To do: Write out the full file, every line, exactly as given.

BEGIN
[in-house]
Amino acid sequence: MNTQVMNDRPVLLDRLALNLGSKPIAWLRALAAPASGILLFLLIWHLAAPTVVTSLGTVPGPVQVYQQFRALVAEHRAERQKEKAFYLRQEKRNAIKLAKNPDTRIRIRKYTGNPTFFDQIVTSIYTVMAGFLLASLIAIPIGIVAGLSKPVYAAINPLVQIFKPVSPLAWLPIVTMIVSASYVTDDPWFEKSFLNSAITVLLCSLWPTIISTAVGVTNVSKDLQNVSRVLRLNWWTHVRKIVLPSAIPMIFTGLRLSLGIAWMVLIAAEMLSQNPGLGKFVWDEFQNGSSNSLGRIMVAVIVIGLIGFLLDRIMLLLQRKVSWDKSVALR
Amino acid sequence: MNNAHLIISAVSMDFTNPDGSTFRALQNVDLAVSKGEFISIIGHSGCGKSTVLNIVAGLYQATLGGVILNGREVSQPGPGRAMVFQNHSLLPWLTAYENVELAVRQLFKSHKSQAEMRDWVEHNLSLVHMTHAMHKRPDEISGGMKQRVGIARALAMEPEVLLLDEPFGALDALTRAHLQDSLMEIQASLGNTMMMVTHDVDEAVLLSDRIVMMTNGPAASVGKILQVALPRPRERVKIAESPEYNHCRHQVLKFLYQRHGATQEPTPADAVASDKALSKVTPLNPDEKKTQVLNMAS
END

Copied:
[in-house]
Amino acid sequence: MNTQVMNDRPVLLDRLALNLGSKPIAWLRALAAPASGILLFLLIWHLAAPTVVTSLGTVPGPVQVYQQFRALVAEHRAERQKEKAFYLRQEKRNAIKLAKNPDTRIRIRKYTGNPTFFDQIVTSIYTVMAGFLLASLIAIPIGIVAGLSKPVYAAINPLVQIFKPVSPLAWLPIVTMIVSASYVTDDPWFEKSFLNSAITVLLCSLWPTIISTAVGVTNVSKDLQNVSRVLRLNWWTHVRKIVLPSAIPMIFTGLRLSLGIAWMVLIAAEMLSQNPGLGKFVWDEFQNGSSNSLGRIMVAVIVIGLIGFLLDRIMLLLQRKVSWDKSVALR
Amino acid sequence: MNNAHLIISAVSMDFTNPDGSTFRALQNVDLAVSKGEFISIIGHSGCGKSTVLNIVAGLYQATLGGVILNGREVSQPGPGRAMVFQNHSLLPWLTAYENVELAVRQLFKSHKSQAEMRDWVEHNLSLVHMTHAMHKRPDEISGGMKQRVGIARALAMEPEVLLLDEPFGALDALTRAHLQDSLMEIQASLGNTMMMVTHDVDEAVLLSDRIVMMTNGPAASVGKILQVALPRPRERVKIAESPEYNHCRHQVLKFLYQRHGATQEPTPADAVASDKALSKVTPLNPDEKKTQVLNMAS